Motor vehicle accidents are one of the leading causes of deaths in the U.S., according to the Centers for Disease Control. However, proper driver education, seat belts, following speed laws, obeying the rules of the road, and paying attention to the road and fellow drivers can help reduce the risk of being injured or killed in a motor vehicle accident.
The CHP reports the most frequent accident causes on California roads include unsafe speed, unsafe following, improper turns, and inattention to the road. Following posted speed limits on roads and highways and reducing excessive speed improves your ability to respond to unexpected road hazards. The higher the speed, the greater the risk of serious injury or death in a crash.
Posted speed limits are maximums. Always maintain a speed that is reasonable for the road and the conditions at the time. Take into account the weather, visibility, traffic, and the surface conditions of the road when you determine your speed of travel. Never use a speed that endangers your safety, other persons, or property.
The CHP recommends you leave a 3-second cushion between your car and any vehicle you are following. This applies if the pavement is dry, there’s no heavy traffic, and your brakes are in top condition. In poor conditions, add one more second for each weather condition or hazard encountered.
Avoid unsafe turns—never pull out in front of a car that has not committed to a stop or a turn.
Be a defensive driver and prevent accidents by scanning the road and other drivers. Watch the road ahead and behind you. Keep your eyes moving and stay alert to be prepared to react to the unexpected.
Pay attention to what you and other drivers are doing on the road. Adjust your seat and mirrors and preset your favorite radio stations and climate controls before you start the car. Don’t eat, drink, smoke, or read while driving. The best and safest situation is to be stopped when using a cell phone. Never text or use a personal digital assistant while driving. And, do your personal grooming at home, not in the car.
Get driver’s education training for California roads and know how to operate vehicles that you are assigned to take on the road.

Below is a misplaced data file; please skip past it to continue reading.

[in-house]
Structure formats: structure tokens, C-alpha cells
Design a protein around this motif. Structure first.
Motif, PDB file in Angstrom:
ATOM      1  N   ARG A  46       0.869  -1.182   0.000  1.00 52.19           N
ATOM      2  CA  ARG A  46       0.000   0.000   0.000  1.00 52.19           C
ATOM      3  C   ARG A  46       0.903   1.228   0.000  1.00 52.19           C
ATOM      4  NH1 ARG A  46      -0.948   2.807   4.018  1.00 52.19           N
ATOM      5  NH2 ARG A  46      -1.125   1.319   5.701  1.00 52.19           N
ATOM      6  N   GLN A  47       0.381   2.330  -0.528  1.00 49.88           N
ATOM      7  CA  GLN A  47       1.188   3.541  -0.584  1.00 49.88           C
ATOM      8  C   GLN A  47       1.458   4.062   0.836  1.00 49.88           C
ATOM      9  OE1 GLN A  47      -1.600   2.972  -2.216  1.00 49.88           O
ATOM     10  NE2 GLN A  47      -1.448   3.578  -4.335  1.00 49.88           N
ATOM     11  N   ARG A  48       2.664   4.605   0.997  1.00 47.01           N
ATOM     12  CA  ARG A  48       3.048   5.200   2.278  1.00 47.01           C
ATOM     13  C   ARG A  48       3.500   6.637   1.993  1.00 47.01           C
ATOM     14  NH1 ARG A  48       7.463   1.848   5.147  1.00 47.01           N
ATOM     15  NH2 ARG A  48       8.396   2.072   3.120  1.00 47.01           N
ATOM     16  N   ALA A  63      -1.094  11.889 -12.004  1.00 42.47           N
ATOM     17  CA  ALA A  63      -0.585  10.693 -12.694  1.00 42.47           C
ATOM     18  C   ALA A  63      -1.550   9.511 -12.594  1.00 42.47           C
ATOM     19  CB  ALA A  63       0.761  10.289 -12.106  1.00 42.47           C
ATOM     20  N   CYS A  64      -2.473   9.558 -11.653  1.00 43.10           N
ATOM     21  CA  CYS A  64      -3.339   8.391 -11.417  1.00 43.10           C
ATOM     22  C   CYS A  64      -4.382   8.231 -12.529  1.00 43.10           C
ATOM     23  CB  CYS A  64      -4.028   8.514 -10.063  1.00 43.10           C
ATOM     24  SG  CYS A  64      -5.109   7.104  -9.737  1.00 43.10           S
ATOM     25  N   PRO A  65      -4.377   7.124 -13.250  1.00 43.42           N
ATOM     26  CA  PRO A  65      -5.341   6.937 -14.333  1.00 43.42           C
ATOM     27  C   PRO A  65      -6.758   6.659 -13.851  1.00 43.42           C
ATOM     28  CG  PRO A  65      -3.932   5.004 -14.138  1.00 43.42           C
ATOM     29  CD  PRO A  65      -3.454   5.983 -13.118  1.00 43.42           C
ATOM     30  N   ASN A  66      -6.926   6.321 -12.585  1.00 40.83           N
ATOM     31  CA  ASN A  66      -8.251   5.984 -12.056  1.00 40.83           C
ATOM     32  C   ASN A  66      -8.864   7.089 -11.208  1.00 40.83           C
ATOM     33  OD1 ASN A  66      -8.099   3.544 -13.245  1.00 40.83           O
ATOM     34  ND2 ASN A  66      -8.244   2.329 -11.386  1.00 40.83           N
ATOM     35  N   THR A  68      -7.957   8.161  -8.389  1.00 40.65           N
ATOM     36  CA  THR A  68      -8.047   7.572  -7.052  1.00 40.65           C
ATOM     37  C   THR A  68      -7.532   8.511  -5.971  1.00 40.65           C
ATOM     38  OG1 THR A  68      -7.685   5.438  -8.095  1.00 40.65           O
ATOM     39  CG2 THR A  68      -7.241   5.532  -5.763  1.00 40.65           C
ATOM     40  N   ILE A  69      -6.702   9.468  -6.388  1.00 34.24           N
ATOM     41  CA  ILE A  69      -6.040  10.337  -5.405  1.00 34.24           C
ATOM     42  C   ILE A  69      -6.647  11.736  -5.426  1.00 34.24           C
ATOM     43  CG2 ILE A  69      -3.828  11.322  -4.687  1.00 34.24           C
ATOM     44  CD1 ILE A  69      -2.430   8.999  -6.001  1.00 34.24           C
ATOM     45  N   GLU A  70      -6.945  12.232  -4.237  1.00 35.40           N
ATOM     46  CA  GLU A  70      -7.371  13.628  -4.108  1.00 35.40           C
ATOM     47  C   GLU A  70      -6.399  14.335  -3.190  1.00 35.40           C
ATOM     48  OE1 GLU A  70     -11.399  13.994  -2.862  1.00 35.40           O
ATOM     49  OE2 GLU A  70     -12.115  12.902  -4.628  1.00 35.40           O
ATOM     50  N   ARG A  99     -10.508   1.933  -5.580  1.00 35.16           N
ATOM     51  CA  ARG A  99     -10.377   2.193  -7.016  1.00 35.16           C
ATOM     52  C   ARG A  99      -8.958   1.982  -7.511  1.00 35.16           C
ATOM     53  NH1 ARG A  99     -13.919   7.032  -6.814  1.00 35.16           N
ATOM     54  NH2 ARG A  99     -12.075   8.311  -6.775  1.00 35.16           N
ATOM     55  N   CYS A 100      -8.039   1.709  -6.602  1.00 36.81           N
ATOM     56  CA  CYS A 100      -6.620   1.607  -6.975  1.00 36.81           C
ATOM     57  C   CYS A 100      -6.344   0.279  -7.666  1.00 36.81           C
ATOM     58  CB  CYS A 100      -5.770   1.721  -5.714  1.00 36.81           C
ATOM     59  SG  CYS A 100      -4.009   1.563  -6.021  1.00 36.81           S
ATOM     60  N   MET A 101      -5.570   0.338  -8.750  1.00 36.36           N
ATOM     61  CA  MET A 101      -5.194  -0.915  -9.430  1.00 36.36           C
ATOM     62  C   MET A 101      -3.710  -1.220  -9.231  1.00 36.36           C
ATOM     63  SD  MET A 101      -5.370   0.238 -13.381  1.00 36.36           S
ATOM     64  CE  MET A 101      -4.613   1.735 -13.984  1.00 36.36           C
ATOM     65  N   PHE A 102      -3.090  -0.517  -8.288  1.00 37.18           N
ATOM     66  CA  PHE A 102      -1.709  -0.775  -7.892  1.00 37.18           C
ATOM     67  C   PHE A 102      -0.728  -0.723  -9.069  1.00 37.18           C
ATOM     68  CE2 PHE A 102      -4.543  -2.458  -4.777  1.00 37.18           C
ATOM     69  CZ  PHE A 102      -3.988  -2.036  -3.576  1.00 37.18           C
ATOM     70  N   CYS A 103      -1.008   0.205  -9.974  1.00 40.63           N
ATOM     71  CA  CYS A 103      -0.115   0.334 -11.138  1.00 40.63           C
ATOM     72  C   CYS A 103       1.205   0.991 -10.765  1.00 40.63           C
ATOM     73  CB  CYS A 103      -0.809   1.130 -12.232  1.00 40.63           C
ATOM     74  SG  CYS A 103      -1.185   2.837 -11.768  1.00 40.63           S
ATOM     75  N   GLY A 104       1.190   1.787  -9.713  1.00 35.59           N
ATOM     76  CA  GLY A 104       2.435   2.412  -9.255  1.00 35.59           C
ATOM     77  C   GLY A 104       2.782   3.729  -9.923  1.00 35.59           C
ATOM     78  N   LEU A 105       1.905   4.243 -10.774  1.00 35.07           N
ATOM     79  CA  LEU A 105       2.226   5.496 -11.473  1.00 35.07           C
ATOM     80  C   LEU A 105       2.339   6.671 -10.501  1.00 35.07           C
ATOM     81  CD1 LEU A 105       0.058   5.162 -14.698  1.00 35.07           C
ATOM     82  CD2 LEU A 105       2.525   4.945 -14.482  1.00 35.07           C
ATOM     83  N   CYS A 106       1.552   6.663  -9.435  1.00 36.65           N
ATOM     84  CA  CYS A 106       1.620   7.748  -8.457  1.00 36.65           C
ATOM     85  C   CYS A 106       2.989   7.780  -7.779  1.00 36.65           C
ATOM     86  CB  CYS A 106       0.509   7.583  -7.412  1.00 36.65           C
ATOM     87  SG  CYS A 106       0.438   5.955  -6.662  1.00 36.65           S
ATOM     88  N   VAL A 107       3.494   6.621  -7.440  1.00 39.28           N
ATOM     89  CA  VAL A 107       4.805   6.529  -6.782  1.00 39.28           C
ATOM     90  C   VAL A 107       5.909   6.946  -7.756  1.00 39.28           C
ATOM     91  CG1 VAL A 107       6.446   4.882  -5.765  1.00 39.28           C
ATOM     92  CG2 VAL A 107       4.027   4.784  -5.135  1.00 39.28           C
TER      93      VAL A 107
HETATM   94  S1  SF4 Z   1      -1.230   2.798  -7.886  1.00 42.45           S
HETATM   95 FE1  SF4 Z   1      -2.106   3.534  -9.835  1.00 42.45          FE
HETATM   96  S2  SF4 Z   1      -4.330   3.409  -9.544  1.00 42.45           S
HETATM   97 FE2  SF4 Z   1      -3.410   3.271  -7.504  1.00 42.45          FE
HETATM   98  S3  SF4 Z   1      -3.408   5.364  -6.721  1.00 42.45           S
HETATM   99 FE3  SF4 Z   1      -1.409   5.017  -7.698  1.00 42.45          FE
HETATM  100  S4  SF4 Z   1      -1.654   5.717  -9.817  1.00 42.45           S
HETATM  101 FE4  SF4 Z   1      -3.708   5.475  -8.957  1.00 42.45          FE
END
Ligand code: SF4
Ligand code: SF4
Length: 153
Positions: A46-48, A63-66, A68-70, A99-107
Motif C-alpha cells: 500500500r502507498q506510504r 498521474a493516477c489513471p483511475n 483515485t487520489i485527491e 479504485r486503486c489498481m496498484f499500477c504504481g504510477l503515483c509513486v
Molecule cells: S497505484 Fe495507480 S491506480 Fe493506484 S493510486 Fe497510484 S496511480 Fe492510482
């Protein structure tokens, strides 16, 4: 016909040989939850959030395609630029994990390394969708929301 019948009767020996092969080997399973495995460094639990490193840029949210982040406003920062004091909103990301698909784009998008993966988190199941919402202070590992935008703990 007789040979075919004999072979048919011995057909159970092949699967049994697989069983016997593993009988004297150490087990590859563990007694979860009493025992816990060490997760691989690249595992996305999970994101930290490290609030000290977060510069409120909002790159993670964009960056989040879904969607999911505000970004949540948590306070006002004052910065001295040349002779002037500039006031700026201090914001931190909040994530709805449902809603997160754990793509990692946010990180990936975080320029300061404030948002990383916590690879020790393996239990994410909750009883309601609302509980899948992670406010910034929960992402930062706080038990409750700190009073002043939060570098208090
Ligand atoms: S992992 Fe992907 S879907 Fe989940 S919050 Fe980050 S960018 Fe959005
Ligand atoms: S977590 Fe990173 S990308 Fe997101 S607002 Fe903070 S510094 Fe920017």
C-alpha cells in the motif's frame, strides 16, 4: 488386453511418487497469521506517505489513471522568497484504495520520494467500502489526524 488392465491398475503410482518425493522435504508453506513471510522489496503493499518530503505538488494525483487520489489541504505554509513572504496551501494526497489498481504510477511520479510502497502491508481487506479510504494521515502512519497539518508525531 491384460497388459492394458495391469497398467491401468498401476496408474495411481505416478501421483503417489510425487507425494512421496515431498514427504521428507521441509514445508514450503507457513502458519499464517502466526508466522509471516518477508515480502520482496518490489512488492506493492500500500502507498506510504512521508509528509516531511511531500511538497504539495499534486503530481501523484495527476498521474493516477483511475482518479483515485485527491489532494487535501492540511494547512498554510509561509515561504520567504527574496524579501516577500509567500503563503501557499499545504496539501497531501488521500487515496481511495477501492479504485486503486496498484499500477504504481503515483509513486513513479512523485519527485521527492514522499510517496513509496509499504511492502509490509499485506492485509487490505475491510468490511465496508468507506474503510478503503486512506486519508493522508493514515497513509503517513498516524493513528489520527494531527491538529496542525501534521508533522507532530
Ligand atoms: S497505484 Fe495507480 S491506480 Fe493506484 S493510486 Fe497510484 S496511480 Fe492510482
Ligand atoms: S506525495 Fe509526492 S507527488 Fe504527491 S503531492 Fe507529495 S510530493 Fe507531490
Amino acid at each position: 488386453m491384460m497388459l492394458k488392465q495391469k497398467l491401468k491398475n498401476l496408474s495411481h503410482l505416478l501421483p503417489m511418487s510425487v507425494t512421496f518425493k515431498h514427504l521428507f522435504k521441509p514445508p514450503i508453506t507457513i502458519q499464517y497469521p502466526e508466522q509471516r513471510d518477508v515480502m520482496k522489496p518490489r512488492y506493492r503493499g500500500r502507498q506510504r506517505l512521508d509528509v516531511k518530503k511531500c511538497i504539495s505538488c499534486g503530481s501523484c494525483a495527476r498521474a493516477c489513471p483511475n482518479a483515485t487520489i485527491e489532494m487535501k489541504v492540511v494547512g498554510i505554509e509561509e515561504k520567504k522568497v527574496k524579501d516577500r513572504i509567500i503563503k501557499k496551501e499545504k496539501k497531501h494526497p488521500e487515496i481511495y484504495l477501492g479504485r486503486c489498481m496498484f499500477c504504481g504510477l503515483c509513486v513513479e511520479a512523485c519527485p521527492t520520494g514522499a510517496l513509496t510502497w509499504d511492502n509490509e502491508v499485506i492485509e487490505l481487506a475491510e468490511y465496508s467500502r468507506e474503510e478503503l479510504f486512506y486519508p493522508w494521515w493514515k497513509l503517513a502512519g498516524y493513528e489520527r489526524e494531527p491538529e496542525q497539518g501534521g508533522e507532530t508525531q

Always wear your seat belt when driving or riding in a vehicle. According to the National Highway Traffic Safety Administration (NHTSA), seat belts reduce the risk of fatal injury by 45 percent in a car and by 60 percent in a light truck. A lap and shoulder belt is best, but use a lap belt if it is present. Only transport people in a car or truck if you have enough seatbelts for everyone.
When you get behind the wheel of a vehicle, follow the rules of the road. Do not drive if you have been drinking, are on medication, or are very tired. Be a courteous and safe driver and yield the right of way when necessary.
Driving down the road is no longer a lonely, quiet experience. With cellular phones, two-way radios, and stereos, the interior of your vehicle no longer offers a quiet place to focus on driving.
These days with everyone’s life so busy, paying attention while driving can be difficult. Have you ever been driving down the road and suddenly you notice you don’t remember the last three miles you traveled? Although your attention may only be diverted for a split second, the ever-changing variables of the road and other vehicles can make you instantly vulnerable to accidents.
The following rules can help you concentrate on what you should be doing…driving.
- Tie up loose ends before you leave the office.
- If you must travel in heavy traffic areas, plan your travel at times other then rush hour.
- Know the condition of the roads on which you are travelling and drive only as fast as those conditions allow.
- If you must use your cellular phone while driving, pull to the side of the road and make your call.
- Pre-set any GPS coordinates prior to driving, to ensure that you keep your eyes on the road.
- Wear your safety belt at all times.
- Set the radio to a station and leave it there until you stop again.
- Stay alert and drive defensively, with caution.
- Watch out for and anticipate other drivers, pedestrians or children on or near the road.
- Stay out of the other vehicle’s blind spot
- Keep a safe distance from other drivers by maintaining a safety cushion around your car.
Safe drivers scan constantly for hazards, predicting how they may be affected by a hazard and pre-determining how to avoid or reduce them.
The above evaluations and/or recommendations are for general guidance only and should not be relied upon for medical advice or legal compliance purposes. They are based solely on the information provided to us and relate only to those conditions specifically discussed. We do not make any warranty, expressed or implied, that your workplace is safe or healthful or that it complies with all laws, regulations, or standards.